To solve the tricky computer problem, engineers eventually hit upon the idea of maintaining power during the eclipses only to the decoder, which maintains the spacecraft's 'listening' function, or its ability to understand commands. This component needs only a trickle of current and would be essential to command the computer to restart once the eclipse was over.
However, there was no way to fully validate this unique 'decoder-only' hibernation mode from the ground, and even after an intensive testing phase prior to the start of last month's eclipse season, engineers were still not fully certain that Rumba would roll through successfully.
Thus, on the night of 15/16 September, with Cluster speeding through Earth's shadow between 95 000 and 103 000 km from the planet, spacecraft controllers huddled tensely in the mission's Dedicated Control Room at ESOC for the first live implementation of decoder-only mode.
Rumba powers down
Almost everything onboard Rumba was completely shut down, with power fed only to the decoder so as to receive the wake-up signal.
Controllers communicated with Rumba via the 35-metre ESA ground station in New Norcia, Australia, selected because this station had visibility of the spacecraft both when it entered and left the eclipse zone.
"The switch-off commands had to be sent in real time; the transmitter off first, then the on-board computer was switched to operate 'in the blind', that is, with no telemetry from the spacecraft to confirm that the commands had been executed," said Volpp.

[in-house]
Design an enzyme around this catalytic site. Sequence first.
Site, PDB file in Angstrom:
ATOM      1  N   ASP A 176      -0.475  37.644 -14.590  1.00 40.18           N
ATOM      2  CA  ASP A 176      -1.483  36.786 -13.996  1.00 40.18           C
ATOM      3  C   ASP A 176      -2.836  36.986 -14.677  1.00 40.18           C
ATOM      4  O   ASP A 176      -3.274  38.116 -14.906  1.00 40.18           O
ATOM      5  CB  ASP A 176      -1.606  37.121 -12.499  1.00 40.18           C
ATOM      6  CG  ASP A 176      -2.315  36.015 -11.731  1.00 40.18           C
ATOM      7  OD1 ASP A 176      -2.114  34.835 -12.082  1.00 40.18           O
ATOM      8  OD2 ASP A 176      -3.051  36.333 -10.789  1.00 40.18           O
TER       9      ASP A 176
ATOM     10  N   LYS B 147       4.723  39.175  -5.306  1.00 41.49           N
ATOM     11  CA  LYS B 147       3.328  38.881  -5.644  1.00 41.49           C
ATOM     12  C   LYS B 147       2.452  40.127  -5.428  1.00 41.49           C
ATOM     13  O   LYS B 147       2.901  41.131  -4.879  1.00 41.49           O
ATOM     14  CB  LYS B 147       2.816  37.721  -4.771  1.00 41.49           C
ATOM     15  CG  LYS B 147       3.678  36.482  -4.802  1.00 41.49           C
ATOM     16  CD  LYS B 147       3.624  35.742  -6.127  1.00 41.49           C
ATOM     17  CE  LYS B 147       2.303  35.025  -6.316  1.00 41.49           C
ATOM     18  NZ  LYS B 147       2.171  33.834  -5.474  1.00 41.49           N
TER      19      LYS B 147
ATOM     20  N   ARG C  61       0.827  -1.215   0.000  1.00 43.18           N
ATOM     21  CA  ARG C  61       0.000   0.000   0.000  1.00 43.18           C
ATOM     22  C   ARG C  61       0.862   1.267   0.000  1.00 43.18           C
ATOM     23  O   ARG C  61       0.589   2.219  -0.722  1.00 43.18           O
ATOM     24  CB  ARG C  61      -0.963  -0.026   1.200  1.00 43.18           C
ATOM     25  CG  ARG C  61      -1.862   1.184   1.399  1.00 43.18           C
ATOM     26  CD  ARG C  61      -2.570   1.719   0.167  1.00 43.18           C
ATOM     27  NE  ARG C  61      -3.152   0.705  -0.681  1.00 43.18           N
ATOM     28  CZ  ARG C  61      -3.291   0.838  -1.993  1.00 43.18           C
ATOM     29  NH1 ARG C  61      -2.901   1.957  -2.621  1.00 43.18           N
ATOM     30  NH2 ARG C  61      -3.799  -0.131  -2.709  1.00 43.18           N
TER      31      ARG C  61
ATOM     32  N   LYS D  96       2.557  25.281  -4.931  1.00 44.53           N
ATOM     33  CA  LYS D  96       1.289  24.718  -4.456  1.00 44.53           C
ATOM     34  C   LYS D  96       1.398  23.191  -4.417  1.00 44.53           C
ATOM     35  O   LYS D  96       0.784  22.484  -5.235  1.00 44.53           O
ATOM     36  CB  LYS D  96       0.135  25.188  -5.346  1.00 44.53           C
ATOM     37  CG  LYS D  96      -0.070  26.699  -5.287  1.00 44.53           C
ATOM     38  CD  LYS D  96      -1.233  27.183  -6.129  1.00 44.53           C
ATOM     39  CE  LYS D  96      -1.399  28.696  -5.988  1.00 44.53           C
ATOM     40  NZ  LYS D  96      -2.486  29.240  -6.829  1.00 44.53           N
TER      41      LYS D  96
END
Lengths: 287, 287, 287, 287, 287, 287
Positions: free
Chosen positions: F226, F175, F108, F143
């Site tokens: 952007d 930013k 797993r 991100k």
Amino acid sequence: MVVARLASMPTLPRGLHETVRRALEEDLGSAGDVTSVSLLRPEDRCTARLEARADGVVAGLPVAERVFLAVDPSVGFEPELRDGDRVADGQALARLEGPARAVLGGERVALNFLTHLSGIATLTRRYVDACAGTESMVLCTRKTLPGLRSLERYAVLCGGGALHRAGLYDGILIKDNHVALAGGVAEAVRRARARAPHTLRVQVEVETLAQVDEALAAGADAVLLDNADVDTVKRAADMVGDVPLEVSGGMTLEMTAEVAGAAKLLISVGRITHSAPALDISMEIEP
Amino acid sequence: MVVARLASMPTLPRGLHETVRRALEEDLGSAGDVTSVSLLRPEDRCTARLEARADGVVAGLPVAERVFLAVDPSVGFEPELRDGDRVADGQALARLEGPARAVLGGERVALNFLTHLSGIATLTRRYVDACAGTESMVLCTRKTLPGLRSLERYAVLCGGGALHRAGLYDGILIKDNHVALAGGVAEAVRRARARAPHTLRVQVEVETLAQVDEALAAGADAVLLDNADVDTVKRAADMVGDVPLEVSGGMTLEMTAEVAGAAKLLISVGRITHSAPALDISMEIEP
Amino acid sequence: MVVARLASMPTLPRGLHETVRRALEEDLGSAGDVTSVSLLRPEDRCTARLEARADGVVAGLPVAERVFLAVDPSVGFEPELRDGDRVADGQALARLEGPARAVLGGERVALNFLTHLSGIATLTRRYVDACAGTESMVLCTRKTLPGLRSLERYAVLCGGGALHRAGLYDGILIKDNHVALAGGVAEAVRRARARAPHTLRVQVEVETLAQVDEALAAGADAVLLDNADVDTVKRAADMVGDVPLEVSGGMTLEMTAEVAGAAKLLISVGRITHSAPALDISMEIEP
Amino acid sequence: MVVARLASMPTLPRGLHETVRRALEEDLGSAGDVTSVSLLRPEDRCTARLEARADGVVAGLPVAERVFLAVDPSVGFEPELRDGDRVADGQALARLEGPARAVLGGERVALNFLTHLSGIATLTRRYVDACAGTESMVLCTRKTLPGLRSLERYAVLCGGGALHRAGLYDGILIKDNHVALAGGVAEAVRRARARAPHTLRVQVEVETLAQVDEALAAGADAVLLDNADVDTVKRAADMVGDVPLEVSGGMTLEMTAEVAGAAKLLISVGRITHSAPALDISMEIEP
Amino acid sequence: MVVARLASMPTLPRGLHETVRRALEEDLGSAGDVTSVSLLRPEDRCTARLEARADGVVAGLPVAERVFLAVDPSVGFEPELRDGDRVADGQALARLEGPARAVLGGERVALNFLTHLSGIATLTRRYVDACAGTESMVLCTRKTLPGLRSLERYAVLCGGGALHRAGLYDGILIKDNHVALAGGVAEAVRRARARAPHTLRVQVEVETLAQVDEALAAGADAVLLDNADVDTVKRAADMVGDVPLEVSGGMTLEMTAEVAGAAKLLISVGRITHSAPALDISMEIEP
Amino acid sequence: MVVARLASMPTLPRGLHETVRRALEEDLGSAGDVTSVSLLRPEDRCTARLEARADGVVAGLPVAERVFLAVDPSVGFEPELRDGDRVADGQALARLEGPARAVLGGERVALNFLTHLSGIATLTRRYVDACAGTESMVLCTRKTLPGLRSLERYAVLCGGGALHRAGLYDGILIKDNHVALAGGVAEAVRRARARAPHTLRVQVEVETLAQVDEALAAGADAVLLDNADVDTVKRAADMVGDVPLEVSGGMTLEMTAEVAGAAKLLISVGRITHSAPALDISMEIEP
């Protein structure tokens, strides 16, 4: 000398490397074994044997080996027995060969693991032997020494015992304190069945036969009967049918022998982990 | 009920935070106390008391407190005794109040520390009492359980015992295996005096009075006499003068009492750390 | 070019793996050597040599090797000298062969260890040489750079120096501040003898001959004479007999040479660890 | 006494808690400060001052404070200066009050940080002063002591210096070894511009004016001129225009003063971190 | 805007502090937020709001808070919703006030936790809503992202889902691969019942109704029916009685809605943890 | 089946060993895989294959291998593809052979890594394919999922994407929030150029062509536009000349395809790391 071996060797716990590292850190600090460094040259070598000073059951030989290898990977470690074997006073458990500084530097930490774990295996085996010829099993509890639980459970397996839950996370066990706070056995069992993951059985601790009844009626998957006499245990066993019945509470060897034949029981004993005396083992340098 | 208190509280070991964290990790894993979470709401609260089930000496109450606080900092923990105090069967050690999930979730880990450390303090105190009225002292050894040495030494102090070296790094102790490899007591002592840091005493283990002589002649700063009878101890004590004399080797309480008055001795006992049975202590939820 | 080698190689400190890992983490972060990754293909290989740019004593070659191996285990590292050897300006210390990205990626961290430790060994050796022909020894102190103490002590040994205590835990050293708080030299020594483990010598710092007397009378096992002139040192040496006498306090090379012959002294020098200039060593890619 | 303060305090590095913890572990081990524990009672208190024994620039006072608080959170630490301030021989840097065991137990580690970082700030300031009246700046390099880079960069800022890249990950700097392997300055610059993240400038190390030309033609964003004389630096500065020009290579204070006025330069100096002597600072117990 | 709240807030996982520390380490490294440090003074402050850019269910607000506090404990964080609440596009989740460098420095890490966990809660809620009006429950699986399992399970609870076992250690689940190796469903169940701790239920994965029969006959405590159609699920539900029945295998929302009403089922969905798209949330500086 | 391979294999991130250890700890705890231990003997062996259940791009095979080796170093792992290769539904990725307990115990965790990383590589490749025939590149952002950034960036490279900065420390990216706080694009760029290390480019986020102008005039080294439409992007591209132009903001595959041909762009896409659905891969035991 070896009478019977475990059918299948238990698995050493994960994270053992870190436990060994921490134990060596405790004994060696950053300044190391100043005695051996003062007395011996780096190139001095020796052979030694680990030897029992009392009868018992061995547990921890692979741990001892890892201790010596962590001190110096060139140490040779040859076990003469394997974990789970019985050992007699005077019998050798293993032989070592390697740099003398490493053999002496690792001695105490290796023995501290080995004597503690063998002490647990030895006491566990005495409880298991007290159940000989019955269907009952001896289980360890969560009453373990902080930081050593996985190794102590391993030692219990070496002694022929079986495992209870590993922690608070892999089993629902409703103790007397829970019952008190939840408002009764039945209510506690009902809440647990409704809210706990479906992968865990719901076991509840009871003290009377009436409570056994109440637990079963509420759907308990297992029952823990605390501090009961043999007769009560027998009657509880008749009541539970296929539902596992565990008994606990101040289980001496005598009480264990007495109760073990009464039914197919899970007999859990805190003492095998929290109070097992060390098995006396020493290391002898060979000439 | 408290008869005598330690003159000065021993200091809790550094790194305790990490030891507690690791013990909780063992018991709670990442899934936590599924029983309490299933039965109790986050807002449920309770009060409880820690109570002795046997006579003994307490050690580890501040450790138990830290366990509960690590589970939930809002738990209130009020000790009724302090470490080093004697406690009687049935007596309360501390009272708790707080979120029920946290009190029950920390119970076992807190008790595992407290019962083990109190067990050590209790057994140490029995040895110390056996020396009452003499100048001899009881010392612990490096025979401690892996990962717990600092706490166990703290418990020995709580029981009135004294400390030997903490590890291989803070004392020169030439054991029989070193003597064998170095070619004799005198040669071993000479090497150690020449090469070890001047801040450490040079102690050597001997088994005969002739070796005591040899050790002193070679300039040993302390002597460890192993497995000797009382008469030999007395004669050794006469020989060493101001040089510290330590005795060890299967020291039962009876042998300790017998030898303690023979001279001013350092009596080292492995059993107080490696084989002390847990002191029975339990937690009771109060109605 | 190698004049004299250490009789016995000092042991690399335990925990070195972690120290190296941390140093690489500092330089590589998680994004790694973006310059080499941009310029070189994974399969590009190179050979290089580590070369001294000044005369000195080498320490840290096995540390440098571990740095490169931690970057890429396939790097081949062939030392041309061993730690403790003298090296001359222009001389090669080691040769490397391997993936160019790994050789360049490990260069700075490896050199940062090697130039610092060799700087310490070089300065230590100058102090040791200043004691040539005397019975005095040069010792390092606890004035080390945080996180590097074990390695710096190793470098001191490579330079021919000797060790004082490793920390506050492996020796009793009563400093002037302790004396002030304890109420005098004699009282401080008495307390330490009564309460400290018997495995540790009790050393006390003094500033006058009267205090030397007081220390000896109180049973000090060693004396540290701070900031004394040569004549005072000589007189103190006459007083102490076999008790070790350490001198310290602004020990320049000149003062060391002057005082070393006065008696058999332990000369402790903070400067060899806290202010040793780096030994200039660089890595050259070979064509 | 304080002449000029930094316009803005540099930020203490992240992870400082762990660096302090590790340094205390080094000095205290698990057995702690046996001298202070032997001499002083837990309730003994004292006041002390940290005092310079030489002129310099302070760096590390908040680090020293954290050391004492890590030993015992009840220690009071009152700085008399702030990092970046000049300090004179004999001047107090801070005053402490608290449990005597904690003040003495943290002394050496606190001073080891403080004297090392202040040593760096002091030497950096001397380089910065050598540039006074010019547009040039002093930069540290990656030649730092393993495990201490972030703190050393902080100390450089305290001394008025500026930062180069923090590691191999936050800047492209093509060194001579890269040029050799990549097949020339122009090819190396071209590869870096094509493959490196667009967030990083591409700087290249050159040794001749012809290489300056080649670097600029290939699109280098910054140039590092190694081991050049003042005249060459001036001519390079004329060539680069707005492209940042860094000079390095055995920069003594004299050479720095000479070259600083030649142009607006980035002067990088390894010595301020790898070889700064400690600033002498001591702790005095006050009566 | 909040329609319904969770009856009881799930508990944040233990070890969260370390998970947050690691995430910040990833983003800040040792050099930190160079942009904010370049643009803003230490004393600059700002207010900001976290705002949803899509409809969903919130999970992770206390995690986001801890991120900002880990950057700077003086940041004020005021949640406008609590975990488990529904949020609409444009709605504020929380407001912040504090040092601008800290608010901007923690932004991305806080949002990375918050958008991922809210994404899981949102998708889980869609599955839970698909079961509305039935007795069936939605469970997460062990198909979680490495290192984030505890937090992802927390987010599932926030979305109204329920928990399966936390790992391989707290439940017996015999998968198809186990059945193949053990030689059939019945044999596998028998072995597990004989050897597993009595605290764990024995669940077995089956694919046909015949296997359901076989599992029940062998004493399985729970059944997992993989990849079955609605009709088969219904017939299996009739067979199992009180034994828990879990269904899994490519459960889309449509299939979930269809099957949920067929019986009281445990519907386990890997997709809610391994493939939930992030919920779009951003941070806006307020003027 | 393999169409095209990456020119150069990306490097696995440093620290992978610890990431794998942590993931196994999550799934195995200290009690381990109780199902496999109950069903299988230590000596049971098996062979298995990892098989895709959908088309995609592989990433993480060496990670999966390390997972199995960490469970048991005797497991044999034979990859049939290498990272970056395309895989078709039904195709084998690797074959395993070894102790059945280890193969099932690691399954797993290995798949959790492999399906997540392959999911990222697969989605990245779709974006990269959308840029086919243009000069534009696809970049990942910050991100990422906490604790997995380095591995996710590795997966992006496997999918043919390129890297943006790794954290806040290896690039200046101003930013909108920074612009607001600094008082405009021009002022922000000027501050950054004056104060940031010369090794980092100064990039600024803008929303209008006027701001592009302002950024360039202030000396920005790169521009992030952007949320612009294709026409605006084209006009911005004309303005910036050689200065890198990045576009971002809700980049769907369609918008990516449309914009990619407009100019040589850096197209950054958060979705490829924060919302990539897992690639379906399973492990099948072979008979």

Without a peep, Rumba powered itself down and then sped into the eclipse zone while engineers began a long, two-and-one-half hours of silent waiting. Tension in the Cluster control room was palpable.
Next, ESOC engineers, who control all ESA stations remotely from Germany, commanded the giant deep-space New Norcia antenna to point to the spot in the sky where Rumba was expected to emerge from the eclipse. When the predicted eclipse passage ended at 22:13 UTC (00:13 CEST), engineers sent commands, again 'in the blind', to wake the on-board computer.
Controllers on the ground had to wait one minute for the computer to restart itself, plus four seconds of telemetry processing and signal travel time. "We never thought that sixty-four seconds could seem so long," said Volpp.
Eclipse over, Rumba grabs the wake-up signal
But the meticulous preparations and months of planning paid off handsomely as Rumba emerged from the shadow, grabbed the wake-up signal and powered up its computer just as expected; controllers quickly verified that nothing onboard had cooled below acceptance temperatures, and all systems were back in operation a few hours later.
The strategy was again proven two days later during the next - and longest - eclipse, early on 18 September.
This time, the special decoder-only hibernation mode ran for an additional 30 minutes and the spacecraft again restarted without trouble.
The last eclipse was successfully negotiated on 20 September and the Cluster fleet is now back in nominal operation, continuing one of ESA's most successful astrophysics missions.